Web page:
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BLOG / NEWS Updates
Positive News for First-Time Homebuyers…
We welcome the Conservative Governments announcement today proposing to increase the RRSP Home Buyers Plan (HBP) withdrawal up to $35,000 from the current $25,000 for first-time homebuyers. If implemented, a couple buying a home together would have access to an extra $20,000 of their RRSPs to help with their down payment and other expenses relating to their home purchase. Borrowers are considered first-timers if, in the past four years, they have not lived in a home that they or their current spouse/common-law partner owned. (See Conditions.) As you may be aware, CAAMP regularly visits both federal and provincial government officials. This announcement is in line with the kind of recommendations that CAAMP makes during meetings with officials in the Ministry of Finance Office and the Prime Ministers Office. The government respects our industry-leading research and sees your association as a positive resource. Our latest research report released in June A Profile of Home Buying in Canada prepared by CAAMP Chief Economist Will Dunning shows withdrawals from RRSPs (including via the HBP) accounted for 10% of down payment funds for first-time buyers. If put into action, this proposed HBP withdrawal increase would go a long way in helping first-time homebuyers across Canada. Todays announcement follows Stephen Harpers first big-ticket promise of his campaign: another tax break for home renovations made earlier this month. Taxpayers would be able to claim up to 15% of the cost of permanent substantial renovations to homes, condos and cottages. The tax credit would apply to renovation costs between $1,000 and $5,000, allowing a taxpayer to get back up to $600 per year. We look forward to more positive housing-related announcements from other campaigns leading up to the fall election.
Bank of Canada increases overnight rate target to 1 1/4 per cent
The Bank of Canada today increased its target for the overnight rate to 1 1/4 per cent. The Bank Rate is correspondingly 1 1/2 per cent and the deposit rate is 1 per cent. Recent data have been strong, inflation is close to target, and the economy is operating roughly at capacity. However, uncertainty surrounding the future of the North American Free Trade Agreement (NAFTA) is clouding the economic outlook. The global economy continues to strengthen, with growth expected to average 3 1/2 per cent over the projection horizon. Growth in advanced economies is projected to be stronger than in the Banks October Monetary Policy Report(MPR). In particular, there are signs of increasing momentum in the US economy, which will be boosted further by recent tax changes. Global commodity prices are higher, although the benefits to Canada are being diluted by wider spreads between benchmark world and Canadian oil prices. In Canada, real GDP growth is expected to slow to 2.2 per cent in 2018 and 1.6 per cent in 2019, following an estimated 3.0 per cent in 2017. Growth is expected to remain above potential through the first quarter of 2018 and then slow to a rate close to potential for the rest of the projection horizon.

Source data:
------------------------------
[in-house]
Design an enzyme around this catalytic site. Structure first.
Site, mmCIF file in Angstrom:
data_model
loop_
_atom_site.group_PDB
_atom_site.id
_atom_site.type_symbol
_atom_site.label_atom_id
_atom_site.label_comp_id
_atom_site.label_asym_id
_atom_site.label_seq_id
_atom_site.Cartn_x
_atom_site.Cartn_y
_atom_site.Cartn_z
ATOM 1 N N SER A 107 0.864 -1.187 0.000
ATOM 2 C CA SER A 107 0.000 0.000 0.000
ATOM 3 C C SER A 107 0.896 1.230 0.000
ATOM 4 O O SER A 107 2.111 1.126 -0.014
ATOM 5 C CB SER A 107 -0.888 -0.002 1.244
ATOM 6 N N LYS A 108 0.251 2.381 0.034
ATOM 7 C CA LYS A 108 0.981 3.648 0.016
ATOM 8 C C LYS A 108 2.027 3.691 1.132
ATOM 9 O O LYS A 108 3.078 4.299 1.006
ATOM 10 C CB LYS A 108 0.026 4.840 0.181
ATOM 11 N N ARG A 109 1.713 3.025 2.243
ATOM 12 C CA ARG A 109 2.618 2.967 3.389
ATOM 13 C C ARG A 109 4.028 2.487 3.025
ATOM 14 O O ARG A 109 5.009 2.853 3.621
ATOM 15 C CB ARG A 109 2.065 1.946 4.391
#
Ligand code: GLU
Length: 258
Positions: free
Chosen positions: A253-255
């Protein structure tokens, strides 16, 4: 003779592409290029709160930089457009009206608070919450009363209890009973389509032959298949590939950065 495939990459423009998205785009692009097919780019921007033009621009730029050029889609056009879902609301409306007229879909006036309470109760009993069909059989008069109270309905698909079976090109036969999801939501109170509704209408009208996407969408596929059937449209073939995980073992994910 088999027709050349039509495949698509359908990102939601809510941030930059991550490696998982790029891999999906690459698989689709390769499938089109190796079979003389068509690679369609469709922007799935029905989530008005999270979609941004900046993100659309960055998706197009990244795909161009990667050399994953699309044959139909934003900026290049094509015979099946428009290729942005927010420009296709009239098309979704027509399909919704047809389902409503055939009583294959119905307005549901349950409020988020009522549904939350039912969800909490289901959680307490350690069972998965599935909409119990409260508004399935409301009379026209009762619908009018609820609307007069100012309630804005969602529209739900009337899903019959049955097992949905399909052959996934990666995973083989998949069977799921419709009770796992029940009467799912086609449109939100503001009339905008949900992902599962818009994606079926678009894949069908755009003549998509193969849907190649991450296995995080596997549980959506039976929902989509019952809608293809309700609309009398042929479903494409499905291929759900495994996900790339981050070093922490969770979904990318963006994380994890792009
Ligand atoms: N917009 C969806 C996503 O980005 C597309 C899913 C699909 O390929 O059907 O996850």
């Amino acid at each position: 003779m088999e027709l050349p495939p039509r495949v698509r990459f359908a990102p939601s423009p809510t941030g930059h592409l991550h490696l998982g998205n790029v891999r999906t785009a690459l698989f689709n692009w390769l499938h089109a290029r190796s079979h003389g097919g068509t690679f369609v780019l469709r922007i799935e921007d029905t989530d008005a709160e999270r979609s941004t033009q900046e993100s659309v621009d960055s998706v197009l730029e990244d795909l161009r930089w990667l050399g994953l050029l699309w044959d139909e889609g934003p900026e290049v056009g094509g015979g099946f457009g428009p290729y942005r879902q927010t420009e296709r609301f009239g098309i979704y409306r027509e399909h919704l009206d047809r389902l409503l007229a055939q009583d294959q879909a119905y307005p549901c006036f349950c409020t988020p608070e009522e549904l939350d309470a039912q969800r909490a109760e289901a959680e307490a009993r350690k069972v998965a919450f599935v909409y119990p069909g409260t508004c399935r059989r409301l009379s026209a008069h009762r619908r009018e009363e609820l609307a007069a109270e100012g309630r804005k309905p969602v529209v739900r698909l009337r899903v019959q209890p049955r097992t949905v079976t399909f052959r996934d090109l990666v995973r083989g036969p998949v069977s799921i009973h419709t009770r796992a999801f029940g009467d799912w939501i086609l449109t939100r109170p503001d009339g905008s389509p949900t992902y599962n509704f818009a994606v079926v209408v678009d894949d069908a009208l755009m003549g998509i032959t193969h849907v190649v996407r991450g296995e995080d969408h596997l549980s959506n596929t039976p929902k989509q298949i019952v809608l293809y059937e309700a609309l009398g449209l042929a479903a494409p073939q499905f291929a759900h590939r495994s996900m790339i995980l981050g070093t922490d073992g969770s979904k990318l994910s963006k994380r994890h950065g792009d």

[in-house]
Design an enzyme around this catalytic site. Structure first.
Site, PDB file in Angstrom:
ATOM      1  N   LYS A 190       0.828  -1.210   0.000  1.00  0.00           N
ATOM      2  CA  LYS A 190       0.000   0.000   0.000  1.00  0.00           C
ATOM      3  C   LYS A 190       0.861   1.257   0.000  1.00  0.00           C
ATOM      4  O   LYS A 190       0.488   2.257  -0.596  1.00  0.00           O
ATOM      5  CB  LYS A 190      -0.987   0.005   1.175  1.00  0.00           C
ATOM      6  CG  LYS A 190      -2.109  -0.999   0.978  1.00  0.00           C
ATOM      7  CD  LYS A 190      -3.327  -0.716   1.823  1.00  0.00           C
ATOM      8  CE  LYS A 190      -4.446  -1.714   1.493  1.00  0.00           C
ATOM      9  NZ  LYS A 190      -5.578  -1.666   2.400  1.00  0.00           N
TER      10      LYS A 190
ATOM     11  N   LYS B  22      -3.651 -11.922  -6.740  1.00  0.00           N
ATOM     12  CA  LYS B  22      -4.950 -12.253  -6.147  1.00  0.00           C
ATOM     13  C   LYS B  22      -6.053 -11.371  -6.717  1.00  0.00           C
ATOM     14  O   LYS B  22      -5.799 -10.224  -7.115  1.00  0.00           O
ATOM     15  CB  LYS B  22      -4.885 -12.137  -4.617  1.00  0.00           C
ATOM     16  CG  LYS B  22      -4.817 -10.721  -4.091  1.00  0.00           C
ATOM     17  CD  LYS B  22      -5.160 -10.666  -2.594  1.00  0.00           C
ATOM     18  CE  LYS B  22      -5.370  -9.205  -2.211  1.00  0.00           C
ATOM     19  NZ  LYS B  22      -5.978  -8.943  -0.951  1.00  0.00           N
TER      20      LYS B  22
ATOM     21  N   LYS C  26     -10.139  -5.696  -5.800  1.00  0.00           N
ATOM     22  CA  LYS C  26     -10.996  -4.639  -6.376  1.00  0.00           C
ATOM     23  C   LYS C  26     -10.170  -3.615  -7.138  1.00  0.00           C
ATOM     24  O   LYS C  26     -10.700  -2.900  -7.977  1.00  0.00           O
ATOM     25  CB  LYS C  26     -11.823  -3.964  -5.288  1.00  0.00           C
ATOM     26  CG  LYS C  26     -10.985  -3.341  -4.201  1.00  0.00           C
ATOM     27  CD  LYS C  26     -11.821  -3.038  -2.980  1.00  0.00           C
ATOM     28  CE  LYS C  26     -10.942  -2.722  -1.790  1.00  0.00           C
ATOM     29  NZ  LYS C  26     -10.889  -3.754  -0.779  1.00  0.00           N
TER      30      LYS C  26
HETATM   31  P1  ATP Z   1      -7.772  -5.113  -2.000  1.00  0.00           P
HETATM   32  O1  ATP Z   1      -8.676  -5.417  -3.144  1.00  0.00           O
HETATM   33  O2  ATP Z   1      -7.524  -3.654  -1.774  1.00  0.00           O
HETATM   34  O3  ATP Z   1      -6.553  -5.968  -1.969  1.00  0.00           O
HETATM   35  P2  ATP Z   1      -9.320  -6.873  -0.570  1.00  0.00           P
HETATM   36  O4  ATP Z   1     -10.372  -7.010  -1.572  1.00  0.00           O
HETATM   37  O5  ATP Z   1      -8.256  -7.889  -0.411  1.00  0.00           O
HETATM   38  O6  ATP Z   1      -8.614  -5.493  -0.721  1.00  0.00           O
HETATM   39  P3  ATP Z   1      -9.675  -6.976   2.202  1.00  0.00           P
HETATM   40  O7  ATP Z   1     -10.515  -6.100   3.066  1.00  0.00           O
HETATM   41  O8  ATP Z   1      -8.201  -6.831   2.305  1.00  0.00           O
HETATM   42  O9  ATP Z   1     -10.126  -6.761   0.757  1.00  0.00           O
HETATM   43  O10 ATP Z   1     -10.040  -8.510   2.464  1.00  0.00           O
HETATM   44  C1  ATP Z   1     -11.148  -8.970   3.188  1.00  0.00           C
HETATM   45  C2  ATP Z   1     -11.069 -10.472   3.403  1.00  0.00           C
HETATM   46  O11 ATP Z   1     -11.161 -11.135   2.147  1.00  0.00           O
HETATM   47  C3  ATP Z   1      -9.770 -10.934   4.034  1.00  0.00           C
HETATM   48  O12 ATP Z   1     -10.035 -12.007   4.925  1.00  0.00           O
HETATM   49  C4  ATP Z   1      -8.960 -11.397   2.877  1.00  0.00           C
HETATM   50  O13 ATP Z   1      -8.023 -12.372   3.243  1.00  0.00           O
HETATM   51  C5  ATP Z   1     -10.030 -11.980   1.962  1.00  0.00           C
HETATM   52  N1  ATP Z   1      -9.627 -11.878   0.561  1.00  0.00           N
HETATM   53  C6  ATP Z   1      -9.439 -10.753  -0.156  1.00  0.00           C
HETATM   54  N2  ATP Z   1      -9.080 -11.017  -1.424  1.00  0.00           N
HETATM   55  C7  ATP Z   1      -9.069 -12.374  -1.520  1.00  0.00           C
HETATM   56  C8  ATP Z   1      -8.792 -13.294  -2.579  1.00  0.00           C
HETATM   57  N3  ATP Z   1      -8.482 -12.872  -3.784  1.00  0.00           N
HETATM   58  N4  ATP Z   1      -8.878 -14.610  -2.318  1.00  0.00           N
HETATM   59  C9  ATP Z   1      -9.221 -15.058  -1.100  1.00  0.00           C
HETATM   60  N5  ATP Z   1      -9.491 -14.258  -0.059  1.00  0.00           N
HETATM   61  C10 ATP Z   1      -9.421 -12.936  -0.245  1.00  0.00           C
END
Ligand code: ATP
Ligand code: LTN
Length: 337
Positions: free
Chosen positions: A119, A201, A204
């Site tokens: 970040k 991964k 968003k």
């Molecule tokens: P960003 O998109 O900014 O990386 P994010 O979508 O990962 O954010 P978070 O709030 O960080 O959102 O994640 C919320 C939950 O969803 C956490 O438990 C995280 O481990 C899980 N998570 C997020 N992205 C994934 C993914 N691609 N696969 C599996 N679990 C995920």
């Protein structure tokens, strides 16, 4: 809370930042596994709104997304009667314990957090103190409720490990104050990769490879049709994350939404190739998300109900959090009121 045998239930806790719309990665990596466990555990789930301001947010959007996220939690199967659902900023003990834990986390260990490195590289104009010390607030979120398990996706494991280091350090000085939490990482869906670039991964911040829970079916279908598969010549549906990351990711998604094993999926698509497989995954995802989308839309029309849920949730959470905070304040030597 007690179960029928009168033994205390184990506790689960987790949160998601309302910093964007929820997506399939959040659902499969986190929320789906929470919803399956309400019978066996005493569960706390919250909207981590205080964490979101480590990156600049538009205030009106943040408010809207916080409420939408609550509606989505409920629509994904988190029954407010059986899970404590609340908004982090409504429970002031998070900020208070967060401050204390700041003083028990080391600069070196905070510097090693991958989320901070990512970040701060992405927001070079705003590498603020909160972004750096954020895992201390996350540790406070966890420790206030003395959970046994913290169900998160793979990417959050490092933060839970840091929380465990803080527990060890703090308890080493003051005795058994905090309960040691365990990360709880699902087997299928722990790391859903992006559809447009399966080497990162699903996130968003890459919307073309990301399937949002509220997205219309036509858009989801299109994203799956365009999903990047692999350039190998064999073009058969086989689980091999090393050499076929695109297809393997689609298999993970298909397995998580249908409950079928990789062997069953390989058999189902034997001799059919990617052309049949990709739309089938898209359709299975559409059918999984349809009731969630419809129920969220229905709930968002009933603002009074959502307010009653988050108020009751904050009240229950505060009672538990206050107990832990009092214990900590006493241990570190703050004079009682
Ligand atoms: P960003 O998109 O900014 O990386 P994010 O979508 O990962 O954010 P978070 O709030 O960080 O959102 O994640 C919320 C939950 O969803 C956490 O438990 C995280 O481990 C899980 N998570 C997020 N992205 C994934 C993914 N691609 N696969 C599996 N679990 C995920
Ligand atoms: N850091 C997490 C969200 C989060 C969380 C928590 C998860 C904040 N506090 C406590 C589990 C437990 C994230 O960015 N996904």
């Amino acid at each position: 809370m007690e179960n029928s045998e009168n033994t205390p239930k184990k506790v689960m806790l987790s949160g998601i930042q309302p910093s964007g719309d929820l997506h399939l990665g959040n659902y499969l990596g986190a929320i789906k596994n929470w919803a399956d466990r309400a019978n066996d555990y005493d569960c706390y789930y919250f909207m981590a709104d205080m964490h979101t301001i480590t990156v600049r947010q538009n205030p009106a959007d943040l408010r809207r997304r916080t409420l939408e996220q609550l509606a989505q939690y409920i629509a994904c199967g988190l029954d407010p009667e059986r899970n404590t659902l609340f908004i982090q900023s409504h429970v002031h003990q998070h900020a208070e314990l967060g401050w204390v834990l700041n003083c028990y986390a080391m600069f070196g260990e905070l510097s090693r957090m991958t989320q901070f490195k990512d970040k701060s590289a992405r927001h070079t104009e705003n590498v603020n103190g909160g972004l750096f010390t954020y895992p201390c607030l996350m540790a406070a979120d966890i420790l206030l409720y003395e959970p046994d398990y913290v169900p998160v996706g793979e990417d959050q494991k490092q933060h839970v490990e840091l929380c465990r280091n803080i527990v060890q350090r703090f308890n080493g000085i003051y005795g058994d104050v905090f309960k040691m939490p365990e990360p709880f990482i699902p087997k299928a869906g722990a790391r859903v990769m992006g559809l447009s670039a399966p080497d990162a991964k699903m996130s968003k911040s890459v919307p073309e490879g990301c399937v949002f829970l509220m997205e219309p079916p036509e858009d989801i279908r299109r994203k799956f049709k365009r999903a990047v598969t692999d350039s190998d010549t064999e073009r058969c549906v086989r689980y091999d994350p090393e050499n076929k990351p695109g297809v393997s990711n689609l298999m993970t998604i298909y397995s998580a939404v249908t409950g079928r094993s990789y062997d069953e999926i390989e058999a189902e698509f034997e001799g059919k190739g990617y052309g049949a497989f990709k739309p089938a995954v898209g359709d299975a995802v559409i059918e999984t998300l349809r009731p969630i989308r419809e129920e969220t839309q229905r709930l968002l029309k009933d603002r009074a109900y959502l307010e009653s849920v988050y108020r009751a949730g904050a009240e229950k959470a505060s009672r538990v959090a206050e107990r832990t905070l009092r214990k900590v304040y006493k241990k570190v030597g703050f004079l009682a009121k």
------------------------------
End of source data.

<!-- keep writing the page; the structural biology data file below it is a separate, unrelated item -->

Fourth Quarter Housing Market Trends Seal 2017 as ‘the Year of the Condo’
According to the Royal LePage House Price Survey, Canadas residential real estate market saw strong, but slowing year-over-year price growth in the fourth quarter of 2017. While year-over-year aggregate appreciation remained high in the Greater Toronto Area (GTA) and Greater Vancouver, two-storey and bungalow home values softened in the GTA, slightly declining on a quarter-over-quarter basis. Meanwhile, in both Greater Vancouver and the GTA, condominium prices continued to outpace all other property types, primarily due to growing affordability constraints within these markets. The Royal LePage National House Price Composite, compiled from proprietary property data in 53 of the nations largest real estate markets, showed that the price of a home in Canada increased 10.8 per cent year-over-year to $626,042 in the fourth quarter of 2017. When broken out by housing type, the median price of a two-storey home rose 11.1 per cent year-over-year to $741,924, and the median price of a bungalow climbed 7.1 per cent to $522,963. During the same period, the median price of a condominium appreciated faster than any other housing type studied, rising 14.3 per cent to $420,823 on a year-over-year basis. This trend was predominantly driven by the significant price gains witnessed in many of the countrys largest condominium markets. In the GTA, the median price of a condominium increased 19.5 per cent year-over-year to $476,421, while in the City of Toronto, the segment saw a similar gain of 19.6 per cent year-over-year to $515,578. In Greater Vancouver, condominiums also followed a similar price trajectory during the quarter, rising 20.2 per cent to $651,885, while the median price of a condominium unit in the City of Vancouver rose 18.7 per cent to $775,806. Many suburban markets across the GTA and Lower Mainland of British Columbia posted strong year-over-year condominium price gains of 20 per cent or more as well, with the segment appreciating at a faster rate than detached homes, which had previously led the charge. To prospective homeowners in our largest cities, condominiums represent the last bastion of affordability, said Phil Soper, president and CEO, Royal LePage. This is especially true for first-time buyers whose purchasing power has been reduced by tightening mortgage regulations. Click here for more. https://www.royallepage.ca/en/realestate/news/fourth-quarter-housing-market-trends-seal-2017-as-the-year-of-the-condo/